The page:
Partisan Congress unnecessarily risks shutdown

Colin Hannifin
Columnist

Around the country, businesses and local governments are breathing a sigh of relief as lawmakers avoided a travesty Friday night that hasn’t occurred in more than a decade – the shutdown of the federal government because of a lack of funding. The last-minute agreement ensured that federal employees will still be at work, earning a living and that all federally-funded programs and organizations will remain open.

This is a significant event for all of us. For many, it means that a parent doesn’t have to come home for an indefinite, unpaid vacation, that federal tax refunds can be processed as usual and that states and localities can continue to depend on the federal funds to funnel down to them.

The deal, which was agreed upon less than an hour before the government was to power off, included a funding extension to keep the government running through April 15 and a framework for a budget for the rest of the fiscal year. The short-term extension includes $2 billion in cuts, while the budget framework includes $38.5 billion in cuts.

The passage of this bill is truly a product of compromise.

The Democrats agreed to billions in cuts that many of them feel is too much, too quickly. Republicans, on the other hand, ceased insisting on $61 billion of cuts. Many of the significant, hot-button programs Republicans were attempting to shut down through the budget managed to be included in the final agreement including the controversial issue of continuation of funding for Planned Parenthood.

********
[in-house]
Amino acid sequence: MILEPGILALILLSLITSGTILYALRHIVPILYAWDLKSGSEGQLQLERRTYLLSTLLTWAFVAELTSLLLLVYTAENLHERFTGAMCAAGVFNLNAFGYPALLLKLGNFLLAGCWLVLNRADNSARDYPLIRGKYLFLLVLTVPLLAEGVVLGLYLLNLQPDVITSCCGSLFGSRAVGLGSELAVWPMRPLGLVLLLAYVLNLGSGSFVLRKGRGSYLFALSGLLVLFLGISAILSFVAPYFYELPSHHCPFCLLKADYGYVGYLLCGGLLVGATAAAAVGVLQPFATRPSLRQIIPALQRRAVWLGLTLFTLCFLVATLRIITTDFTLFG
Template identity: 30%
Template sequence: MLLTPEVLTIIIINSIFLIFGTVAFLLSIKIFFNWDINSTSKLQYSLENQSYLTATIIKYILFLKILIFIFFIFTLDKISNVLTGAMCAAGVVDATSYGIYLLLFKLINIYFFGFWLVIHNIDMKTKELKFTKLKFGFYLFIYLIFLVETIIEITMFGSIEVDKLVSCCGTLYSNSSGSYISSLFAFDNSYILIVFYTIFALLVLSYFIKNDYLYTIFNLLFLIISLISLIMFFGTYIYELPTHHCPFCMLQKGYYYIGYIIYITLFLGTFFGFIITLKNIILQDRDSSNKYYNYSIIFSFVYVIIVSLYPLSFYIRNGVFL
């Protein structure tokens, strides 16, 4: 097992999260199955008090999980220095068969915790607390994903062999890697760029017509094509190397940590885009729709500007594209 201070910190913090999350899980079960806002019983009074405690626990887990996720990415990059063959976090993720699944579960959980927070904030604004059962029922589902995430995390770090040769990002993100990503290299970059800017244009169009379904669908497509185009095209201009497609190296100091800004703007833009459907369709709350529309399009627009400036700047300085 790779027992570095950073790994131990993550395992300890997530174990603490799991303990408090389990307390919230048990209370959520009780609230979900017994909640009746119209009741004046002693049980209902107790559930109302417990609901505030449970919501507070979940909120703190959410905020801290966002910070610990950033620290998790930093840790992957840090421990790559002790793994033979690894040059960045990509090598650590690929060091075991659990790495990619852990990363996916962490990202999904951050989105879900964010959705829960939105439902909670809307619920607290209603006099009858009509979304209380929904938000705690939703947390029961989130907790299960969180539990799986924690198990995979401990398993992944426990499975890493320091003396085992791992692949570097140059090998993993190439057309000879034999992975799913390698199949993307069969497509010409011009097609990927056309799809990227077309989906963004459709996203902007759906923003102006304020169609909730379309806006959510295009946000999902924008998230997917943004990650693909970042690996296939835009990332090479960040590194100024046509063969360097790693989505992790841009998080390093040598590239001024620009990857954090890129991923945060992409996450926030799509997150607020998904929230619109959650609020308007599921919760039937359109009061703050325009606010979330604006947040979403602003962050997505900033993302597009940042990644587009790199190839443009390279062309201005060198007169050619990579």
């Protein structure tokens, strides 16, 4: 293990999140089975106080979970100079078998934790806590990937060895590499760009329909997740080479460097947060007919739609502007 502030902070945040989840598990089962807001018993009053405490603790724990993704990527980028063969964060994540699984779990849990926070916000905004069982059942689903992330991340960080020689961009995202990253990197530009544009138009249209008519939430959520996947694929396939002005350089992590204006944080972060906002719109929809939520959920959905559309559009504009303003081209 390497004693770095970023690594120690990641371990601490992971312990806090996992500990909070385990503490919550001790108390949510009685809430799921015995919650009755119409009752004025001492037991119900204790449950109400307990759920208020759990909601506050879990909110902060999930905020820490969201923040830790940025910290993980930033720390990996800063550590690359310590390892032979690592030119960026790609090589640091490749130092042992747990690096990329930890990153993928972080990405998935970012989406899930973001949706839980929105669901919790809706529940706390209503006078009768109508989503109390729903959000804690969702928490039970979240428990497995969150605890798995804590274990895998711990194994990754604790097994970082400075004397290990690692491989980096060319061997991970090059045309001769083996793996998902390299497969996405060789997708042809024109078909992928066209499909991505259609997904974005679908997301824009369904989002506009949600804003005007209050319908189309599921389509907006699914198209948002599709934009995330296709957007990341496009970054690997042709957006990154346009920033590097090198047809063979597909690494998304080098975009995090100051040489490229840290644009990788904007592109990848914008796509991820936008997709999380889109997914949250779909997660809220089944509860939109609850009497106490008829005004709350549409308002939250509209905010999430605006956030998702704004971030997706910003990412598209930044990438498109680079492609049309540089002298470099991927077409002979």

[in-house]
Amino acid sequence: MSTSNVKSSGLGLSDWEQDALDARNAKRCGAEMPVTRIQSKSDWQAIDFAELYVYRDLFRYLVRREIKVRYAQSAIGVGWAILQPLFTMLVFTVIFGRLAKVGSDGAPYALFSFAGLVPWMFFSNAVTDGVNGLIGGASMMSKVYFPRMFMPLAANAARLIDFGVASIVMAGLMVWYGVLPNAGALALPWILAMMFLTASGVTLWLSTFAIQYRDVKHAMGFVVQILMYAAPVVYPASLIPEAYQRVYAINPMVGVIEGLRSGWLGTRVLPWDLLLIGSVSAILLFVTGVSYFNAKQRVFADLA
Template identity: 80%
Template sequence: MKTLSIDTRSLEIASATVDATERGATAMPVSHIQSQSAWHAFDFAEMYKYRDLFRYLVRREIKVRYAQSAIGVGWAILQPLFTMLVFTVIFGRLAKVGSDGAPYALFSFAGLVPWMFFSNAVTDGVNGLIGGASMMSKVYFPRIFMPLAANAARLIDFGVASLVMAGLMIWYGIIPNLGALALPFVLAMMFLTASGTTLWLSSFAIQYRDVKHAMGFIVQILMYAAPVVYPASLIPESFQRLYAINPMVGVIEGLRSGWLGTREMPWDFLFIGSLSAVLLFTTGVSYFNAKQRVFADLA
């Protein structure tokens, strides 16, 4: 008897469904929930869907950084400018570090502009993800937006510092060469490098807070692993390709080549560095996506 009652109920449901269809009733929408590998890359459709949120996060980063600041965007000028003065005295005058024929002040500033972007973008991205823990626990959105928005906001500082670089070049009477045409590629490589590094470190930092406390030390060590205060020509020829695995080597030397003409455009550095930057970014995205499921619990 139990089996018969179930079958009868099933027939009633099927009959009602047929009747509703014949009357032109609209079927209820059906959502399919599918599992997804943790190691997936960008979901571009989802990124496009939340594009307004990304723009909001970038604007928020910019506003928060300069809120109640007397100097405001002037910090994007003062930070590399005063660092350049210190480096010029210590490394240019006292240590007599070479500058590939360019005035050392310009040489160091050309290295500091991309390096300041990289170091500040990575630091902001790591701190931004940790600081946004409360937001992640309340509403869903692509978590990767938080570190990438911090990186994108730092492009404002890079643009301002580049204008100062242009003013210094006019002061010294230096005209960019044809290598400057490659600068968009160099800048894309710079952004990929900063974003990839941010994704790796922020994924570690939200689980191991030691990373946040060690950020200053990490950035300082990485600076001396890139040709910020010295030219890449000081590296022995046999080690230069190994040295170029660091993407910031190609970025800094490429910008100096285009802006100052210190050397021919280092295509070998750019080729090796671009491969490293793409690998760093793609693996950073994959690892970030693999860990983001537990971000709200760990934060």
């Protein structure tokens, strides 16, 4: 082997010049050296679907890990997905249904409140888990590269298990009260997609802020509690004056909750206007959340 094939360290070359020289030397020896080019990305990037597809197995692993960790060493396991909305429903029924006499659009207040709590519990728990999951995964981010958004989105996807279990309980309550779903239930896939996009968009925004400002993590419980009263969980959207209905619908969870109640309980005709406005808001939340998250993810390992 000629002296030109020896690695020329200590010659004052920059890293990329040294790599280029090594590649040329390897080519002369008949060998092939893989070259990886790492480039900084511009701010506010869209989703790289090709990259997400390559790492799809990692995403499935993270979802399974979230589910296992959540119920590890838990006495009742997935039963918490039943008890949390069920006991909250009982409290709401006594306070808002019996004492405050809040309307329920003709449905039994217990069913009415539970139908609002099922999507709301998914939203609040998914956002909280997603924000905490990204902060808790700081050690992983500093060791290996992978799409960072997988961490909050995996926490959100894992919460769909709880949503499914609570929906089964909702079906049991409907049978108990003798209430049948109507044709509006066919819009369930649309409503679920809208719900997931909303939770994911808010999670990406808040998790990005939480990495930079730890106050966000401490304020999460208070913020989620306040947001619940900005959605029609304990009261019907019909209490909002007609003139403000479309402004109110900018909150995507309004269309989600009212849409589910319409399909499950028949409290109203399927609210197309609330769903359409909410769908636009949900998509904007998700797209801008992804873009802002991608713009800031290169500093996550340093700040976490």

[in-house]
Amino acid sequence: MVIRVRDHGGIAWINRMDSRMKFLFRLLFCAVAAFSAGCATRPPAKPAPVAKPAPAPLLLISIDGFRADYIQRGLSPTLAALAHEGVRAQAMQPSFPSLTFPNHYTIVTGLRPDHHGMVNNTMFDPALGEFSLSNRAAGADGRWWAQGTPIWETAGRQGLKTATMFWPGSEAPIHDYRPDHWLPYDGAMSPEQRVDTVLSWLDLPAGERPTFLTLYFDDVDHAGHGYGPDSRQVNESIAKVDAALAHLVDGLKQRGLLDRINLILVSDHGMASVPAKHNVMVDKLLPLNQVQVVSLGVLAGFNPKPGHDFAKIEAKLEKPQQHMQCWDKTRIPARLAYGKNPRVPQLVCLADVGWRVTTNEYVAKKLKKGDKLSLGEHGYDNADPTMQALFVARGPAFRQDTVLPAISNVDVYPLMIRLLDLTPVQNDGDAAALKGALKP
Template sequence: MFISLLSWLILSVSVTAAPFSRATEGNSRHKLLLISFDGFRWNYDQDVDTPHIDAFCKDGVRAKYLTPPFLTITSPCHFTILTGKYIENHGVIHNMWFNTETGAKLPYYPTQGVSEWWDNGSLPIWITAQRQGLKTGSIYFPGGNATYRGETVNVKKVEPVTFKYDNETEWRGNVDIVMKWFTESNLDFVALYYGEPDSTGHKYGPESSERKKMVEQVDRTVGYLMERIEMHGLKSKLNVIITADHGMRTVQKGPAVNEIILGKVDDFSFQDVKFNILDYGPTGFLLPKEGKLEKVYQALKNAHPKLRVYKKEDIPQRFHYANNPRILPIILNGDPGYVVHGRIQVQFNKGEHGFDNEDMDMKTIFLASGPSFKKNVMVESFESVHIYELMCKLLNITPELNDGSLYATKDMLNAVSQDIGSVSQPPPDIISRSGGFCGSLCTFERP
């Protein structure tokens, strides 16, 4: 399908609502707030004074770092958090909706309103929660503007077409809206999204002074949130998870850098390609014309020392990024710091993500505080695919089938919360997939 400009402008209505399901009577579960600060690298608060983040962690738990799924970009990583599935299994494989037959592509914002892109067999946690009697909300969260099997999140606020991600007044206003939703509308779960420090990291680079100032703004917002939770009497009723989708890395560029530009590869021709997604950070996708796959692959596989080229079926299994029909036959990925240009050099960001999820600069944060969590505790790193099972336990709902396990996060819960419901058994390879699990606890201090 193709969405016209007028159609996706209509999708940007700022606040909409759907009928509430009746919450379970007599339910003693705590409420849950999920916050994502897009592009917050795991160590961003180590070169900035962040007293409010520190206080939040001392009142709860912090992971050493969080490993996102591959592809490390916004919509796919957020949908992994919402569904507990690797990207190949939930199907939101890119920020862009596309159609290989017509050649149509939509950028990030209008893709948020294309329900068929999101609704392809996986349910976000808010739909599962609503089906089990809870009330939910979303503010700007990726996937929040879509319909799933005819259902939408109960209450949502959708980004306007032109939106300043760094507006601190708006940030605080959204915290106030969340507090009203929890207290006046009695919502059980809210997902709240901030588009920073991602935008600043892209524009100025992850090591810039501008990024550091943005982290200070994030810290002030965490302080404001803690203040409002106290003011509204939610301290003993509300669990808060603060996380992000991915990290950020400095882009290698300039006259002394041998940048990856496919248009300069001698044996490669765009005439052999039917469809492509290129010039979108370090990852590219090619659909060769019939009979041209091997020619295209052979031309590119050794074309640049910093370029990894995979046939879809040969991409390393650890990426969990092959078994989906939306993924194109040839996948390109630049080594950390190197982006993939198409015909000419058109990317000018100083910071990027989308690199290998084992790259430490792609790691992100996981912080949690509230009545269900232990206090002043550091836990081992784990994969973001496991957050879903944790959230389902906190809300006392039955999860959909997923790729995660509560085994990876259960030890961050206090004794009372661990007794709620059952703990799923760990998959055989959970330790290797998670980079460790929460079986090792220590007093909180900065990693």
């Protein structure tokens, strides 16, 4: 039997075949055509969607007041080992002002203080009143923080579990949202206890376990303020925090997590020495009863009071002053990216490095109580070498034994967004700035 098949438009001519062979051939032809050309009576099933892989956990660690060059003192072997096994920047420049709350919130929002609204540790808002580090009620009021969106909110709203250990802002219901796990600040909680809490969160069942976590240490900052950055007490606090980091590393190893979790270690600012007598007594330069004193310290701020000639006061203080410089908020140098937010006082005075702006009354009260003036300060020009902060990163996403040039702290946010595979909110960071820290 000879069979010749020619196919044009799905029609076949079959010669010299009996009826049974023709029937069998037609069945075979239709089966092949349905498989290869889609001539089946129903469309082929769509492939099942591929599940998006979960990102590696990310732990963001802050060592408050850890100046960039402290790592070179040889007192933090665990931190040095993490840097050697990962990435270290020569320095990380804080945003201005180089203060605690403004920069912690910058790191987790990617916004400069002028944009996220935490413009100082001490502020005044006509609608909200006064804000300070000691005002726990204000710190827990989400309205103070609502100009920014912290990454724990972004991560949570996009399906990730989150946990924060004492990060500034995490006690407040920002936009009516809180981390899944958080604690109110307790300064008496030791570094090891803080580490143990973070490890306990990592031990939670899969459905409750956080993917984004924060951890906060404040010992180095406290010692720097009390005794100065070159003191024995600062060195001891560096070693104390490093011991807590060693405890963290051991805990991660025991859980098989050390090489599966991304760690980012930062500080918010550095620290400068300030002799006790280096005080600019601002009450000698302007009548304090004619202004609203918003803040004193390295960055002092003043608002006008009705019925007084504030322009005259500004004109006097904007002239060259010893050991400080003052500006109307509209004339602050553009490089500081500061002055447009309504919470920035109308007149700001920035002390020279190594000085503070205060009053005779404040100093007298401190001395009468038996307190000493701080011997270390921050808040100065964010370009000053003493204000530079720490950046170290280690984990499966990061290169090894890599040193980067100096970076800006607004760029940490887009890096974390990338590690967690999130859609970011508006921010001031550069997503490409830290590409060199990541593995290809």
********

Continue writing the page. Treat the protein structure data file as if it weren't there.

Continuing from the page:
While Congress and the Obama administration pat each other on the backs, however, let’s not forget what first got us into this situation.

Like a playground fight, it started with the two parties just staring each other down, both making outlandish and unreasonable demands. Both sides knew, realistically, that their proposed budget was not going to pass, yet that didn’t stop them from insisting on their version until the 11th hour, until all of America was bracing for a shutdown.

It is a very good thing, for the American people and the American economy, that the federal government did not shut its doors. However, we should not have gotten to the point where a shutdown was a very real worry.

It all amounts to a political standoff that, in reality, accomplished nothing but caused undue stress across the nation. There’s no one person or party to blame, but it falls on all the career politicians setting stakes in Washington. It often seems that this political banter, this political back-and-forth is nothing more than a game to politicians, when it actually means a family’s well-being or an American’s financial stability. These are very real matters and Washington, D.C., for all its high-powered rhetoric, seems to have forgotten that.

While having the government up and running is great, it never should have had to consider shutting down.

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